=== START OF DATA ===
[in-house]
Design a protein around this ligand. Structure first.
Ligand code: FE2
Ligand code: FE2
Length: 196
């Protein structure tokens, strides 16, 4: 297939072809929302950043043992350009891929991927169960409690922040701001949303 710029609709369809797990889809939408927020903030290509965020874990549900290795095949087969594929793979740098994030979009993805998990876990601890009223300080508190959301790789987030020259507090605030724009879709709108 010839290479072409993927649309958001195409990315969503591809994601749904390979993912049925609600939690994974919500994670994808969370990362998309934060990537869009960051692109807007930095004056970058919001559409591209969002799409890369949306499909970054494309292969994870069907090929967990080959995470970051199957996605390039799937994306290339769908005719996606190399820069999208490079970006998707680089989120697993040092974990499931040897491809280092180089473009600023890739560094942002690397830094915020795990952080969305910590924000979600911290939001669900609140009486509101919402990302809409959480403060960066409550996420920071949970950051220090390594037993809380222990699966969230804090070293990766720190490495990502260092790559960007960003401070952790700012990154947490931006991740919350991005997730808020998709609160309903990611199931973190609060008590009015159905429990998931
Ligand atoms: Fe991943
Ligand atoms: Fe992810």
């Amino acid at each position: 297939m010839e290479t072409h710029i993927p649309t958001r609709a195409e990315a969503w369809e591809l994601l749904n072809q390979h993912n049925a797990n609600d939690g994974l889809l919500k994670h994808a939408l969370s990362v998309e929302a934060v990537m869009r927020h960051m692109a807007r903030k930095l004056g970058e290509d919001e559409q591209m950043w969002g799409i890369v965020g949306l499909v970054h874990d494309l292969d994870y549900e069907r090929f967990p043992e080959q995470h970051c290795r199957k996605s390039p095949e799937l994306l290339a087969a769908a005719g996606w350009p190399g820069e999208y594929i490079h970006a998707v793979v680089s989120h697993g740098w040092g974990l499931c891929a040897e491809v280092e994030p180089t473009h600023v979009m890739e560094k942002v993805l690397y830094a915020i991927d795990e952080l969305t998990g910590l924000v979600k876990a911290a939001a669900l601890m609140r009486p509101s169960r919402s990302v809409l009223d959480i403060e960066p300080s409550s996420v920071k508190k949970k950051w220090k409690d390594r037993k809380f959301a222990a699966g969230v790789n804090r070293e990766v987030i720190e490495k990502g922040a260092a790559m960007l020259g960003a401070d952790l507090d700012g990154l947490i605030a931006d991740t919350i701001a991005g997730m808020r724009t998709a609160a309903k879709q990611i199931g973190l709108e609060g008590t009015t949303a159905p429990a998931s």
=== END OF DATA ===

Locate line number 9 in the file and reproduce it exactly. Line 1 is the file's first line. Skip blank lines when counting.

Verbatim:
């Amino acid at each position: 297939m010839e290479t072409h710029i993927p649309t958001r609709a195409e990315a969503w369809e591809l994601l749904n072809q390979h993912n049925a797990n609600d939690g994974l889809l919500k994670h994808a939408l969370s990362v998309e929302a934060v990537m869009r927020h960051m692109a807007r903030k930095l004056g970058e290509d919001e559409q591209m950043w969002g799409i890369v965020g949306l499909v970054h874990d494309l292969d994870y549900e069907r090929f967990p043992e080959q995470h970051c290795r199957k996605s390039p095949e799937l994306l290339a087969a769908a005719g996606w350009p190399g820069e999208y594929i490079h970006a998707v793979v680089s989120h697993g740098w040092g974990l499931c891929a040897e491809v280092e994030p180089t473009h600023v979009m890739e560094k942002v993805l690397y830094a915020i991927d795990e952080l969305t998990g910590l924000v979600k876990a911290a939001a669900l601890m609140r009486p509101s169960r919402s990302v809409l009223d959480i403060e960066p300080s409550s996420v920071k508190k949970k950051w220090k409690d390594r037993k809380f959301a222990a699966g969230v790789n804090r070293e990766v987030i720190e490495k990502g922040a260092a790559m960007l020259g960003a401070d952790l507090d700012g990154l947490i605030a931006d991740t919350i701001a991005g997730m808020r724009t998709a609160a309903k879709q990611i199931g973190l709108e609060g008590t009015t949303a159905p429990a998931s």